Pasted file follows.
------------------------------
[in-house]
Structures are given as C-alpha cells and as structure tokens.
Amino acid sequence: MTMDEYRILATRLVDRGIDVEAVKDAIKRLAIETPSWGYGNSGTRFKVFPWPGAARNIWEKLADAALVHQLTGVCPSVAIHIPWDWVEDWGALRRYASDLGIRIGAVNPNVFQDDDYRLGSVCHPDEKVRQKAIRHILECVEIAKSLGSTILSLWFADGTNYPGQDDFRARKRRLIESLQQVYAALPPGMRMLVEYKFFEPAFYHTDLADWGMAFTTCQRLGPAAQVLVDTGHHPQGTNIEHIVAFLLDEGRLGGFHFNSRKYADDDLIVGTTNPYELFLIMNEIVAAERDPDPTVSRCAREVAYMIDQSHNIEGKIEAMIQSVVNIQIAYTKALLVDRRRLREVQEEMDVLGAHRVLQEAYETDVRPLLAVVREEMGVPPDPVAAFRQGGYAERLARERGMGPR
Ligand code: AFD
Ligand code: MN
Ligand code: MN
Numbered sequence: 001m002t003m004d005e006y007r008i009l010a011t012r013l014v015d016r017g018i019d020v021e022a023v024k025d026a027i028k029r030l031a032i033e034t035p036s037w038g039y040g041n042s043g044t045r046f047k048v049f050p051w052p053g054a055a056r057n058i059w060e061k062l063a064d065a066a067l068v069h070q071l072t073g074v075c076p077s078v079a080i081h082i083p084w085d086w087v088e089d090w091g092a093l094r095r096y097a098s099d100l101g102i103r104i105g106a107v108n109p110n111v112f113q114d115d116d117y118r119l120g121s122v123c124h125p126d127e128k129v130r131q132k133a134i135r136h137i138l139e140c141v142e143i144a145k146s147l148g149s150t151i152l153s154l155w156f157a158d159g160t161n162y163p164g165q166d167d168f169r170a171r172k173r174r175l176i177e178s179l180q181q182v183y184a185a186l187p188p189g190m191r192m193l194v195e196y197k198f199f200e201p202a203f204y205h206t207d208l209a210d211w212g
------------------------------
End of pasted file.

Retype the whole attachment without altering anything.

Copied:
[in-house]
Structures are given as C-alpha cells and as structure tokens.
Amino acid sequence: MTMDEYRILATRLVDRGIDVEAVKDAIKRLAIETPSWGYGNSGTRFKVFPWPGAARNIWEKLADAALVHQLTGVCPSVAIHIPWDWVEDWGALRRYASDLGIRIGAVNPNVFQDDDYRLGSVCHPDEKVRQKAIRHILECVEIAKSLGSTILSLWFADGTNYPGQDDFRARKRRLIESLQQVYAALPPGMRMLVEYKFFEPAFYHTDLADWGMAFTTCQRLGPAAQVLVDTGHHPQGTNIEHIVAFLLDEGRLGGFHFNSRKYADDDLIVGTTNPYELFLIMNEIVAAERDPDPTVSRCAREVAYMIDQSHNIEGKIEAMIQSVVNIQIAYTKALLVDRRRLREVQEEMDVLGAHRVLQEAYETDVRPLLAVVREEMGVPPDPVAAFRQGGYAERLARERGMGPR
Ligand code: AFD
Ligand code: MN
Ligand code: MN
Numbered sequence: 001m002t003m004d005e006y007r008i009l010a011t012r013l014v015d016r017g018i019d020v021e022a023v024k025d026a027i028k029r030l031a032i033e034t035p036s037w038g039y040g041n042s043g044t045r046f047k048v049f050p051w052p053g054a055a056r057n058i059w060e061k062l063a064d065a066a067l068v069h070q071l072t073g074v075c076p077s078v079a080i081h082i083p084w085d086w087v088e089d090w091g092a093l094r095r096y097a098s099d100l101g102i103r104i105g106a107v108n109p110n111v112f113q114d115d116d117y118r119l120g121s122v123c124h125p126d127e128k129v130r131q132k133a134i135r136h137i138l139e140c141v142e143i144a145k146s147l148g149s150t151i152l153s154l155w156f157a158d159g160t161n162y163p164g165q166d167d168f169r170a171r172k173r174r175l176i177e178s179l180q181q182v183y184a185a186l187p188p189g190m191r192m193l194v195e196y197k198f199f200e201p202a203f204y205h206t207d208l209a210d211w212g